The owner of the Charlottesville Parking Center has asked the City Council to direct staff to sell the city’s share of the Water Street Parking Garage in order to end the formal partnership between his company and local government.

“As city councilors, you are uniquely empowered to authorize a sensible resolution to this conflict,” Mark Brown wrote in a letter dated April 28.

City officials and Mayor Mike Signer did not respond to requests for comment by press time.

The president of the Charlottesville Regional Chamber of Commerce said he is hopeful the two sides can negotiate a solution.

“A positive resolution of the Water Street Garage impasse between the CPC and the city partners is in the best interests of all concerned,” said Timothy Hulbert.

Charlottesville Tomorrow obtained a copy of Brown’s six-page letter that makes several arguments for why the city should agree to the sale. The document recounts the history of the structure, which dates to 1991, when a group was formed to develop the garage.

“The Water Street Development Group was formed to construct the Water Street Garage,” Brown wrote. At the time, he said, the city did not have the funding to purchase property for a garage.

Brown said Jefferson National Bank also became involved to provide further resources to fund the structure. Wells Fargo eventually would acquire their interests.

The CPC bought a two-acre site for the garage and leased it to the group, which eventually became the Water Street Parking Garage Condominium Association. The association operates the garage and pays rent to CPC through a ground lease.

The condo association is governed by an eight-member board of directors and a minimum of six votes is required to set policy under the terms of its bylaws.

“From 1994 to 2015, the city controlled four board seats, CPC controlled two, Wells Fargo controlled one and the retail merchants controlled one,” Brown wrote. “Wells Fargo Bank and the majority of the retail tenants have since sold to CPC, leaving the existing board composed of four city members and four CPC members.”

The association’s board has not met since December, when the two sides deadlocked over rates. Brown filed a lawsuit against the city over the issue, arguing that the city’s request for lower rates at the Water Street Garage was against the CPC’s interests.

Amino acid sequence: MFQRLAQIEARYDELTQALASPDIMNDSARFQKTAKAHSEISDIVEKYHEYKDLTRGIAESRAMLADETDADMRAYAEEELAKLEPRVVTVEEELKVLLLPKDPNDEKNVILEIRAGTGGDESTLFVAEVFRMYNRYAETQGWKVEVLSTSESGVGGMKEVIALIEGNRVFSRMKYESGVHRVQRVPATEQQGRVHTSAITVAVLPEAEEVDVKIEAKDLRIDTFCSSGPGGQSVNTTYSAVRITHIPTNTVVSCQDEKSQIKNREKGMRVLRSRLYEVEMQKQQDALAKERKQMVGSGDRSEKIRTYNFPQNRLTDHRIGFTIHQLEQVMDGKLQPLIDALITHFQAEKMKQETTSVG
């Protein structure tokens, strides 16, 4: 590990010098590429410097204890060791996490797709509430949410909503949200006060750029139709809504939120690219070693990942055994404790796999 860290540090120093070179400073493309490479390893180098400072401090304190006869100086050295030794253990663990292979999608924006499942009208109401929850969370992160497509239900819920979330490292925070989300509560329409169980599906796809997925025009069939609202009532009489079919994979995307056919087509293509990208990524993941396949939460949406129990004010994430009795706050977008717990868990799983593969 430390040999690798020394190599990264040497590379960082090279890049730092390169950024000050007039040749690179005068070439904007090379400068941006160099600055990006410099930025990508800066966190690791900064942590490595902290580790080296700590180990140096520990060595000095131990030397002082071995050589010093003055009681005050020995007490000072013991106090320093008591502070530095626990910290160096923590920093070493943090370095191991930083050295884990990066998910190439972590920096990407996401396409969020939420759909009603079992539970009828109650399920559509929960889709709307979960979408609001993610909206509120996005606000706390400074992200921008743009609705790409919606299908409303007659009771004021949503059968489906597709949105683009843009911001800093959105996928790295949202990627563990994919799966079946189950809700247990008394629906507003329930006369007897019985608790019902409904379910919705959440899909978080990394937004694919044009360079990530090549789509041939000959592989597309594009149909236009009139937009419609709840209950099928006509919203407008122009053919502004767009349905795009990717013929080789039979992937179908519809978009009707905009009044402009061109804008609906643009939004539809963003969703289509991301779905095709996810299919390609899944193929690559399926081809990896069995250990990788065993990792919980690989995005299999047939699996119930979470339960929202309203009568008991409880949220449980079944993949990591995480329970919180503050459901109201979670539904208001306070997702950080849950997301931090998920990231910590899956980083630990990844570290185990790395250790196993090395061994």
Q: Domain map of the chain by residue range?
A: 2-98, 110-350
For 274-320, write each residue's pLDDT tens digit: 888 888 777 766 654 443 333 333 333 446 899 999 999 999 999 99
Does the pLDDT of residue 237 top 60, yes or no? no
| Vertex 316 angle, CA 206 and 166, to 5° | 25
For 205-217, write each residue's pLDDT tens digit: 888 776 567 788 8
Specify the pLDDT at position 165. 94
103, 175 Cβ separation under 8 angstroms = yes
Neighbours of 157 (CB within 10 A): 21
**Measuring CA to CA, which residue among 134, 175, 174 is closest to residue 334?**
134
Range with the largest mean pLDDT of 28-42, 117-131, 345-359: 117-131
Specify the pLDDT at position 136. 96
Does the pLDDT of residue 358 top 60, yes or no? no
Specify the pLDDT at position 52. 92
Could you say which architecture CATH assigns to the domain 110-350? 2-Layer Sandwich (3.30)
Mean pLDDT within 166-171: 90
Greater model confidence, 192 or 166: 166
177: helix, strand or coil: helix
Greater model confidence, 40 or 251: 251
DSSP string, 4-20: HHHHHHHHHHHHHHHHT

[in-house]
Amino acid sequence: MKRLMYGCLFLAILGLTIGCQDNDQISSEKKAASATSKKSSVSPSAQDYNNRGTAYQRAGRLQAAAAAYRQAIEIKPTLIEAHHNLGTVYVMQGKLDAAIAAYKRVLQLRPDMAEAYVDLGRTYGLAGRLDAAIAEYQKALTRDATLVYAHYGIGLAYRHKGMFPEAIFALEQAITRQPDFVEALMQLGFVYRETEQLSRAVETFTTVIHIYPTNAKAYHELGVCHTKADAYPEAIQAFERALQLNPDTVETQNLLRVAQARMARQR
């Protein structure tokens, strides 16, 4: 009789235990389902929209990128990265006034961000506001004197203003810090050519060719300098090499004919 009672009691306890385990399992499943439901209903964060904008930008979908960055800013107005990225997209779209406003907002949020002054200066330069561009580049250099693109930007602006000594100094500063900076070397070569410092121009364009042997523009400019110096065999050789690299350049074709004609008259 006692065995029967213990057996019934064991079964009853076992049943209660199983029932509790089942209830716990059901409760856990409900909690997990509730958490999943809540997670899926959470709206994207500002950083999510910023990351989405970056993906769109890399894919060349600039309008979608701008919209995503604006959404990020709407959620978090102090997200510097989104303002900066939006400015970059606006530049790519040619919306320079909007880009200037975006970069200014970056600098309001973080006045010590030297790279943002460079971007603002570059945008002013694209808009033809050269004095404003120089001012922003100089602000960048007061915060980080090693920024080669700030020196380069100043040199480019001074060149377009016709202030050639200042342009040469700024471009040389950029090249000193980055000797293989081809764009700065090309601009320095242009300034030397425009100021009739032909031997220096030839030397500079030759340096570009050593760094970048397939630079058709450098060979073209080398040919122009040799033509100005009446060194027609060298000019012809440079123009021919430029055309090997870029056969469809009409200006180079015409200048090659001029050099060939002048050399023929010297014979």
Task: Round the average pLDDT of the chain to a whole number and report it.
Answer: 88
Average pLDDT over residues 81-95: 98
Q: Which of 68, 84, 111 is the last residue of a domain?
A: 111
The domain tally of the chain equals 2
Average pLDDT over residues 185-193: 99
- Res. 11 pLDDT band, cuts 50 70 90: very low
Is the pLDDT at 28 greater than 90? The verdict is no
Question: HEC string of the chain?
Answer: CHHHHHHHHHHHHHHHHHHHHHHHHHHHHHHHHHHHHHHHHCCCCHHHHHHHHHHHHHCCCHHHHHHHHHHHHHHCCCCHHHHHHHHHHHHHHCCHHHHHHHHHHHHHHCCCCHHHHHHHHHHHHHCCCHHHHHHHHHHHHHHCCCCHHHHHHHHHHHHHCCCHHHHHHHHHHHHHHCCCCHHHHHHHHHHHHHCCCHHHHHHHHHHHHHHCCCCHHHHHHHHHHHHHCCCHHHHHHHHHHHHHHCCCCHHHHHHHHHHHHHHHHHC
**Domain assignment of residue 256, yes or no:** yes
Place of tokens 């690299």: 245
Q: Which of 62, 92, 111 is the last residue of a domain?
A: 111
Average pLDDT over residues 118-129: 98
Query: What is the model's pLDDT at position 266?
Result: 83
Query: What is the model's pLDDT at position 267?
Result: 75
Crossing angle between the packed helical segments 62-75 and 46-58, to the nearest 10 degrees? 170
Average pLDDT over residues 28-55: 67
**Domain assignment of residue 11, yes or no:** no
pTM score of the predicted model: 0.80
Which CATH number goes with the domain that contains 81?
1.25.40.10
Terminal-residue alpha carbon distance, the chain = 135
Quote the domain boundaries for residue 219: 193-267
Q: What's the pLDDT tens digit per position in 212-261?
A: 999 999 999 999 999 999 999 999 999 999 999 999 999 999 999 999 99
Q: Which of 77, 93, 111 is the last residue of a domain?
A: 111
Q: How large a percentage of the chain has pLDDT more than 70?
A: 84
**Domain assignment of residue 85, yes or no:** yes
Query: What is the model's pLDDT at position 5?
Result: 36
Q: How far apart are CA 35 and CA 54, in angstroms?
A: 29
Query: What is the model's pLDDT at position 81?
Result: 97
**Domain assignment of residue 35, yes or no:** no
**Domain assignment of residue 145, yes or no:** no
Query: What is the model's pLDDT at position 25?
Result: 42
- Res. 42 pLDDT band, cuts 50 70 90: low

“The ground lease arrangement complicates the management of the garage in a manner that results in short-sighted decision making, contributing daily to the downtown parking problem,” Brown wrote.

As one example, Brown cites two studies by the firm Williams Mullen that concluded in 2008 and 2013 that rates at Water Street have been kept below market value. Lower revenues, he argues, have meant CPC and the city have not made enough money to pay for a new parking structure to meet growing demand.

The letter also argues that CPC and the city have not invested in new equipment to allow the garage to be operated more efficiently.

The terms of the ground lease require rents to be reset in July 2024 using a third-party appraisal.

Appraisals conducted as part of the Williams Mullen studies concluded the value of each space went down between 2008 and 2013.

Since purchasing the CPC, Brown has steadily been acquiring both parking and retail space in the garage. In February, he sent a letter of intent to purchase the city’s 629 spaces. The City Council turned it down, according to the lawsuit.

Now Brown has asked the city to reconsider.

“The only realistic way to end the ground lease is for the city to promptly agree to sell its depreciating interest in the Water Street Garage to CPC,” Brown wrote. “CPC as a private owner has the means and incentive to immediately make the investments needed to fully utilize the spaces available in the garage and to better manage the facility.”

For instance, Brown said, managing spaces within the garage more efficiently could allow as many as 400 spaces to be more readily available.

Brown concluded his letter with a list of nine questions, including asking if the Landmark Hotel could be built without securing spaces in the Water Street Garage. Another asked about the city’s attempts to keep historic Court Square intact.

“Will Albemarle County invest $47 million into downtown Charlottesville without improved access to parking?” he asked. “Will they need some portion of the unused 400 spaces?”

George Benford, chairman of the Downtown Business Association of Charlottesville, said he is hopeful the garage can remain open.

“My only concern is that the Water Street Garage stays open for the many parkers who rely on their parking spaces,” Benford said. “I sincerely hope that both sides take that into consideration. I do believe that one party needs to either buy or sell.”